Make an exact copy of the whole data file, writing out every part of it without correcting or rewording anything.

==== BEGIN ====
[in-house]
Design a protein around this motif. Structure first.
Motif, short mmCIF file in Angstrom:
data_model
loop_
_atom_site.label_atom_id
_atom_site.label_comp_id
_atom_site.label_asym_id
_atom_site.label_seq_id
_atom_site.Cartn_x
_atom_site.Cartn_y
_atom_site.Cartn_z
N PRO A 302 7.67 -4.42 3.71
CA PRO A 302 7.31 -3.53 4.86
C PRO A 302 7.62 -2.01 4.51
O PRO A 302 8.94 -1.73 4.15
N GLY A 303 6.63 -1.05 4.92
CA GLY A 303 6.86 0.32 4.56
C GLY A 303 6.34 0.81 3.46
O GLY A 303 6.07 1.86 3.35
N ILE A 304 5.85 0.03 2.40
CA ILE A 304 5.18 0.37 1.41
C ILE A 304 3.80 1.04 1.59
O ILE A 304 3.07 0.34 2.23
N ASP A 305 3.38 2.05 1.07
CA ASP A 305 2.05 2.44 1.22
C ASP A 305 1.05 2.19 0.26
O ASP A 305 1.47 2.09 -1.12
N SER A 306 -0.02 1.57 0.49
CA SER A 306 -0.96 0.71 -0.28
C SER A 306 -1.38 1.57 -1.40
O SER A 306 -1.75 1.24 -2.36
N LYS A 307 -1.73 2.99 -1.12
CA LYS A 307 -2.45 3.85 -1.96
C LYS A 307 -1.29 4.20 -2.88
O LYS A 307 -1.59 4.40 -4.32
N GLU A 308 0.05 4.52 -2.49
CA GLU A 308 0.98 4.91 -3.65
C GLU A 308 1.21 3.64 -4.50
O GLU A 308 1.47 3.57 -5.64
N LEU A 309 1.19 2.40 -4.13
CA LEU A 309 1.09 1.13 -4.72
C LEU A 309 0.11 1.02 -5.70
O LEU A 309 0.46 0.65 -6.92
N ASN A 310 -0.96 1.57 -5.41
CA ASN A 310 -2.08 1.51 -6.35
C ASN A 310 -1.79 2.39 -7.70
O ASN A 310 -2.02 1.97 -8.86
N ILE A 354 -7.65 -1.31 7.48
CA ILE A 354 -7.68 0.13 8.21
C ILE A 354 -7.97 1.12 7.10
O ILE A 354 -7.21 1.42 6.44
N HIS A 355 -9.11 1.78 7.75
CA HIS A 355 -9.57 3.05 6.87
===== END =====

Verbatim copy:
[in-house]
Design a protein around this motif. Structure first.
Motif, short mmCIF file in Angstrom:
data_model
loop_
_atom_site.label_atom_id
_atom_site.label_comp_id
_atom_site.label_asym_id
_atom_site.label_seq_id
_atom_site.Cartn_x
_atom_site.Cartn_y
_atom_site.Cartn_z
N PRO A 302 7.67 -4.42 3.71
CA PRO A 302 7.31 -3.53 4.86
C PRO A 302 7.62 -2.01 4.51
O PRO A 302 8.94 -1.73 4.15
N GLY A 303 6.63 -1.05 4.92
CA GLY A 303 6.86 0.32 4.56
C GLY A 303 6.34 0.81 3.46
O GLY A 303 6.07 1.86 3.35
N ILE A 304 5.85 0.03 2.40
CA ILE A 304 5.18 0.37 1.41
C ILE A 304 3.80 1.04 1.59
O ILE A 304 3.07 0.34 2.23
N ASP A 305 3.38 2.05 1.07
CA ASP A 305 2.05 2.44 1.22
C ASP A 305 1.05 2.19 0.26
O ASP A 305 1.47 2.09 -1.12
N SER A 306 -0.02 1.57 0.49
CA SER A 306 -0.96 0.71 -0.28
C SER A 306 -1.38 1.57 -1.40
O SER A 306 -1.75 1.24 -2.36
N LYS A 307 -1.73 2.99 -1.12
CA LYS A 307 -2.45 3.85 -1.96
C LYS A 307 -1.29 4.20 -2.88
O LYS A 307 -1.59 4.40 -4.32
N GLU A 308 0.05 4.52 -2.49
CA GLU A 308 0.98 4.91 -3.65
C GLU A 308 1.21 3.64 -4.50
O GLU A 308 1.47 3.57 -5.64
N LEU A 309 1.19 2.40 -4.13
CA LEU A 309 1.09 1.13 -4.72
C LEU A 309 0.11 1.02 -5.70
O LEU A 309 0.46 0.65 -6.92
N ASN A 310 -0.96 1.57 -5.41
CA ASN A 310 -2.08 1.51 -6.35
C ASN A 310 -1.79 2.39 -7.70
O ASN A 310 -2.02 1.97 -8.86
N ILE A 354 -7.65 -1.31 7.48
CA ILE A 354 -7.68 0.13 8.21
C ILE A 354 -7.97 1.12 7.10
O ILE A 354 -7.21 1.42 6.44
N HIS A 355 -9.11 1.78 7.75
CA HIS A 355 -9.57 3.05 6.87